Enter your mobile number or email address below and we'll send you a link to download the free Kindle App. Then you can start reading Kindle books on your smartphone, tablet, or computer - no Kindle device required.
To get the free app, enter your mobile phone number.
Object-Oriented Programming: An Evolutionary Approach Paperback – May, 1991
All Books, All the Time
Read author interviews, book reviews, editors picks, and more at the Amazon Book Review. Read it now
Customers who bought this item also bought
Top customer reviews
Okay, so you just got a Mac or an iPhone and you've noticed that the development tools you need are free (and, indeed, come with the computer). You go out and buy books, but you want to see the original book. Well, this is it. Congratulations, you've just purchased an interesting historical document that has almost nothing to do with Mac programming, in a language that is almost but not entirely unlike the Objective-C you'll be using to write your app.
The 1986 edition is truly a time warp -- for example, the choice of "acetate" as an analogy to describe a GUI view is probably going to be lost on anyone who's only ever done page layout on a computer. Cox writes comparisons of Objective-C to Ada, C++, and Smalltalk, but the comparisons are far, far outdated. Three years before the original ANSI C standard came out, Cox was still using K&R C as his substrate language. The coverage of how object-oriented GUI systems work is more or less on target, but since it's based on a very old version of X, it isn't very much like the OpenStep/Cocoa environment. But a bigger problem than its antiquatedness is the fact that (probably by necessity) it's three parts textbook, one part advertisement for Stepstone's (or at the time, PPI's) product. The grating and poorly-thought-through term "Software-IC" (for a binary object library) pops up everywhere.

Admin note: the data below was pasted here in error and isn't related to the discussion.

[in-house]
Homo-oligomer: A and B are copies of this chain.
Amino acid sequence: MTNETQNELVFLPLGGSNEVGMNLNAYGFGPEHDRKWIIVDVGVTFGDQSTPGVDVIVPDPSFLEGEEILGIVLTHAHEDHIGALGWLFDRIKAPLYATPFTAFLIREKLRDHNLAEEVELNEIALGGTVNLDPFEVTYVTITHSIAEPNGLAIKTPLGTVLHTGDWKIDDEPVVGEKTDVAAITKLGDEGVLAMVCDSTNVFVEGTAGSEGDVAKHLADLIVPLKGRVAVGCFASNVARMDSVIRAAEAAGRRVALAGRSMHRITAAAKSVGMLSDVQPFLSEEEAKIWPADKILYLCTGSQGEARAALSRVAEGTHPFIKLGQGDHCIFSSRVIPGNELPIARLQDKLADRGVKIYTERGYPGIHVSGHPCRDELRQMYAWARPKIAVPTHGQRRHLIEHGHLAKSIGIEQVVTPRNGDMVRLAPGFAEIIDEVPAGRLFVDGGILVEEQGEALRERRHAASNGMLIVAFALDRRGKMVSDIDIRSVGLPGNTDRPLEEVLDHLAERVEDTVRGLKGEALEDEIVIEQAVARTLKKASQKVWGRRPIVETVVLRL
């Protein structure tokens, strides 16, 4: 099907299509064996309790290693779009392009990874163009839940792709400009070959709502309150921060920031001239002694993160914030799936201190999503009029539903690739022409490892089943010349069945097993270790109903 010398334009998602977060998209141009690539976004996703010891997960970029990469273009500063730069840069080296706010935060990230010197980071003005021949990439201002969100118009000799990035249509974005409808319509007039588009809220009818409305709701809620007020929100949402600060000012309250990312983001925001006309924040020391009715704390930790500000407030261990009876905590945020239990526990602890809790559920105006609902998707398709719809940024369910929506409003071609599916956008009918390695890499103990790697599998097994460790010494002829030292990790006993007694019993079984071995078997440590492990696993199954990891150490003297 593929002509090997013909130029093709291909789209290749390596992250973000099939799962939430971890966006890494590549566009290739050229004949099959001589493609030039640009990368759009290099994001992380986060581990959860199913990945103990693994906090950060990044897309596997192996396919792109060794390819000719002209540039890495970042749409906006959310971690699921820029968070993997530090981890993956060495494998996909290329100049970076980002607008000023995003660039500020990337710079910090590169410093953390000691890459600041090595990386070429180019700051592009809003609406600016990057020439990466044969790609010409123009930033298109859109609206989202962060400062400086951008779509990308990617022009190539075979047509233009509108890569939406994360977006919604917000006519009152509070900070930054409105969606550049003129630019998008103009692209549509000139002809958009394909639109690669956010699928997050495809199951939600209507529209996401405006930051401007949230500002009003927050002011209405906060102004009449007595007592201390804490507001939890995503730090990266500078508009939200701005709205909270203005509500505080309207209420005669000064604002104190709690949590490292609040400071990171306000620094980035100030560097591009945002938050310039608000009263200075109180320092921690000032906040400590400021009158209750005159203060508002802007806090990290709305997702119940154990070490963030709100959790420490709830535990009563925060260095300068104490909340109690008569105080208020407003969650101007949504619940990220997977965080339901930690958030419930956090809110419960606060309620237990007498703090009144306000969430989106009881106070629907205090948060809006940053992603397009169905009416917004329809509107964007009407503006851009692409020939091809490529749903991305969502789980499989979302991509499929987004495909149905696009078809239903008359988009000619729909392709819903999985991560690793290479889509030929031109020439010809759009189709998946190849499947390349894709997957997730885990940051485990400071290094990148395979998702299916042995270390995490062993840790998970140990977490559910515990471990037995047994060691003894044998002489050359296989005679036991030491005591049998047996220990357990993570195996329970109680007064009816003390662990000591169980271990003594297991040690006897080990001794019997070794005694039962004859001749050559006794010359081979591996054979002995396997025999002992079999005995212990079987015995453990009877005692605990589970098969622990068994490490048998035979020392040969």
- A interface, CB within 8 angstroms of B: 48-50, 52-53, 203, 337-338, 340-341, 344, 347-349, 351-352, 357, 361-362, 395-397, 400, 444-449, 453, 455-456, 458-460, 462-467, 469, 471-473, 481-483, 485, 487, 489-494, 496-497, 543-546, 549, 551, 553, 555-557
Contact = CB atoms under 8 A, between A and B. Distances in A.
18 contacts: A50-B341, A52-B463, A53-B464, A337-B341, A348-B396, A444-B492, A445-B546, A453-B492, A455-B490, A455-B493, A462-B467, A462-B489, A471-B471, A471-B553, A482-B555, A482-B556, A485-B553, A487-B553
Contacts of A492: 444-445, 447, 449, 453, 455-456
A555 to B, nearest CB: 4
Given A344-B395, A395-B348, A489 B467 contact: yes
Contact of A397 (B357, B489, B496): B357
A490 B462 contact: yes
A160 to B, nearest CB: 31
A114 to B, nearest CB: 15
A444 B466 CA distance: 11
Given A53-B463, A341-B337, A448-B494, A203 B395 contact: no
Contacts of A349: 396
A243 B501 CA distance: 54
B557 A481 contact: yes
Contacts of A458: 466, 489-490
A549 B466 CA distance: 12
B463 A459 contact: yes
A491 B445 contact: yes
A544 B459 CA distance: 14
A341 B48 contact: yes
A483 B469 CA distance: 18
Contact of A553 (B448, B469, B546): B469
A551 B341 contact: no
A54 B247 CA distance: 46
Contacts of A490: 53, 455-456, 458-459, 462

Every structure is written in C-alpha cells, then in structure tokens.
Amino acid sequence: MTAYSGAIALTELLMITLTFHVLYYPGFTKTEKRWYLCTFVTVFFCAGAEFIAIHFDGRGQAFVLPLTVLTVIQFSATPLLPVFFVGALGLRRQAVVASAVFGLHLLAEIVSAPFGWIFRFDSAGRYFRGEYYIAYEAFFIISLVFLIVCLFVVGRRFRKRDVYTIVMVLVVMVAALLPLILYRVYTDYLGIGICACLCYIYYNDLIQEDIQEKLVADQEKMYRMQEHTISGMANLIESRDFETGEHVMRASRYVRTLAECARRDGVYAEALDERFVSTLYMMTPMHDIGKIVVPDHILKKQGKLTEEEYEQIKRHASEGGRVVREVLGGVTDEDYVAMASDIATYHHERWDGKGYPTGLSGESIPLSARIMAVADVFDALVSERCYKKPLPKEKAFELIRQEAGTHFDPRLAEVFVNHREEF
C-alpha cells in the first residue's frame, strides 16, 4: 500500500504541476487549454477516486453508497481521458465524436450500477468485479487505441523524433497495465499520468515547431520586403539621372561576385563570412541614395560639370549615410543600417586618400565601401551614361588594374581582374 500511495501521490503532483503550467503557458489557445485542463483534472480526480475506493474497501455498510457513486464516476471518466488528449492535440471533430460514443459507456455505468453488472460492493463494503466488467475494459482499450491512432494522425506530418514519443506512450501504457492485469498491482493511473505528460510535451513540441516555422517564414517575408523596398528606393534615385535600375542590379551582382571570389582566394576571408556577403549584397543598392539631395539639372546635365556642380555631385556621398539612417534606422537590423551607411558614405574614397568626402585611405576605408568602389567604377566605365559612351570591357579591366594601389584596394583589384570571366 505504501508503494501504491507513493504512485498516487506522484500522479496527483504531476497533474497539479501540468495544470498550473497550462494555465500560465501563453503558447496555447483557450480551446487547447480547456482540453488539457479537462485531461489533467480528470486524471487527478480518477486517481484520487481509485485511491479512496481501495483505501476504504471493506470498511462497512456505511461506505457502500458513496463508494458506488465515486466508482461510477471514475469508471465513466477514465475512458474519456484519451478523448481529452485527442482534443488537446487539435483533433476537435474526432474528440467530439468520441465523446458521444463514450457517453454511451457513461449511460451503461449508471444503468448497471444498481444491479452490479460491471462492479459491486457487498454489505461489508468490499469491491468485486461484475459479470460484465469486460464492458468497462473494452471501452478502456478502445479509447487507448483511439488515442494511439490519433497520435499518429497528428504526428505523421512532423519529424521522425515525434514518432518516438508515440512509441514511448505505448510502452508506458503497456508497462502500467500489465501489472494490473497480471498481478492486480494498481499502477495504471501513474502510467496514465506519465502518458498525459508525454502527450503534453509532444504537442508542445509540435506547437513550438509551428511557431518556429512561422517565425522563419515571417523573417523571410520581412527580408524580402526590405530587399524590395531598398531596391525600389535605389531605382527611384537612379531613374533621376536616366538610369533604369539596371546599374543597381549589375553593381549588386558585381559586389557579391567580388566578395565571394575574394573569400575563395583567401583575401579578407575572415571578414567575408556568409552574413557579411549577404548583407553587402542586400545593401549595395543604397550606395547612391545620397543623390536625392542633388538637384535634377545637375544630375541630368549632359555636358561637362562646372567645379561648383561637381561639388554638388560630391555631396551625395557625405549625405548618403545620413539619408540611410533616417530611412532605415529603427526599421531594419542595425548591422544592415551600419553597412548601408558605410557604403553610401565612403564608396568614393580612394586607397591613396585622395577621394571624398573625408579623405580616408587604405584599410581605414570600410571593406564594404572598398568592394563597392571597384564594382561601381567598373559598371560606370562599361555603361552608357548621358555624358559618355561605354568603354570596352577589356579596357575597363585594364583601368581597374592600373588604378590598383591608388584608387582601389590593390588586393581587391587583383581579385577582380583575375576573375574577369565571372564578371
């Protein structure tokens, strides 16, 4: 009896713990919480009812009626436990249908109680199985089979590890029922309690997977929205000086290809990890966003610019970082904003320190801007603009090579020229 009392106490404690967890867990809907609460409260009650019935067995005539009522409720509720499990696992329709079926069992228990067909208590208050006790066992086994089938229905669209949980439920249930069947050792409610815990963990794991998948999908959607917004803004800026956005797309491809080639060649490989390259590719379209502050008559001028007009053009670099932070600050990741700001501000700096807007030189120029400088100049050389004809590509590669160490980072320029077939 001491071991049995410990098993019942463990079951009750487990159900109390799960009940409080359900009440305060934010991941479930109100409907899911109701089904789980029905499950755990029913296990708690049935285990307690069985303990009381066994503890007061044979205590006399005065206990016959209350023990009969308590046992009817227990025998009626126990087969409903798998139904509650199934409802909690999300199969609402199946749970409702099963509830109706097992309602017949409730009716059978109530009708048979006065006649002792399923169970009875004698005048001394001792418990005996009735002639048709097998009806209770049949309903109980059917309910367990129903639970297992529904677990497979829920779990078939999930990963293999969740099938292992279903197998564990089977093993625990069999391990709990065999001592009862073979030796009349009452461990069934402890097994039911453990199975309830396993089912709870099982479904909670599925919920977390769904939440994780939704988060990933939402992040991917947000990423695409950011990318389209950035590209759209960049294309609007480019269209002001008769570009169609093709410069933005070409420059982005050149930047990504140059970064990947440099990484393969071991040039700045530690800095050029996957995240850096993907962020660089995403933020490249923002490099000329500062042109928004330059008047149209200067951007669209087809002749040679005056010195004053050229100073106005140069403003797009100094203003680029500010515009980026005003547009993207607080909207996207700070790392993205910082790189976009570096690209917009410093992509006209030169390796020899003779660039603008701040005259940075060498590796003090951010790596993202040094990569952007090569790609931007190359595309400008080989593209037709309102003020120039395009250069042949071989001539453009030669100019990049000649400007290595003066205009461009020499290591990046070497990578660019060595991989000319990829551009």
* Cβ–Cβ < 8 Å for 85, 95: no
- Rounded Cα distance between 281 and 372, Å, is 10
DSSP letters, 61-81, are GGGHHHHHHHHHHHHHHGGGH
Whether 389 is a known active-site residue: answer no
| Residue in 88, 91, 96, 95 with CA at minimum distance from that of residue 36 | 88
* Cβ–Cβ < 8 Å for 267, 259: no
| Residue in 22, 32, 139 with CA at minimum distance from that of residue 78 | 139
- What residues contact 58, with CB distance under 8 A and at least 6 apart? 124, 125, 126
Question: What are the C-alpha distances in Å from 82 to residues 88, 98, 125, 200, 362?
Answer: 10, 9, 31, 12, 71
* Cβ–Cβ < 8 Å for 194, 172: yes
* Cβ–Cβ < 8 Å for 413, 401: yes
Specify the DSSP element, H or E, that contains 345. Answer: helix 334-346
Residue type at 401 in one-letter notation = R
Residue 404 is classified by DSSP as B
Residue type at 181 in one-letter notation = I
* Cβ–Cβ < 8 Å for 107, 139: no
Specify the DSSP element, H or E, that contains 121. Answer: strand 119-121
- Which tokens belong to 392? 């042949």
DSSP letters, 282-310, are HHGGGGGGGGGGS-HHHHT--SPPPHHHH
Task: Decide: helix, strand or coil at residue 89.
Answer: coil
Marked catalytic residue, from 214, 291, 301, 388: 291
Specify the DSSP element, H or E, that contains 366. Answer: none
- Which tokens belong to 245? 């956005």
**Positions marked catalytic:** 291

Used copies, however, can be had pretty cheaply, so if you like computer archaeology it's certainly a nice little trip to the days when object-oriented programming was just going mainstream and Steve Jobs was looking for technologies to build his NeXT system on. There's also enough source code to learn a bit about writing your own Objective-C libraries, if you know how to translate to the @ syntax that ObjC has used since not long after this book came out. For the most part, though, unless you're a serious Mac or programming languages historian, it's not worth going out of your way for.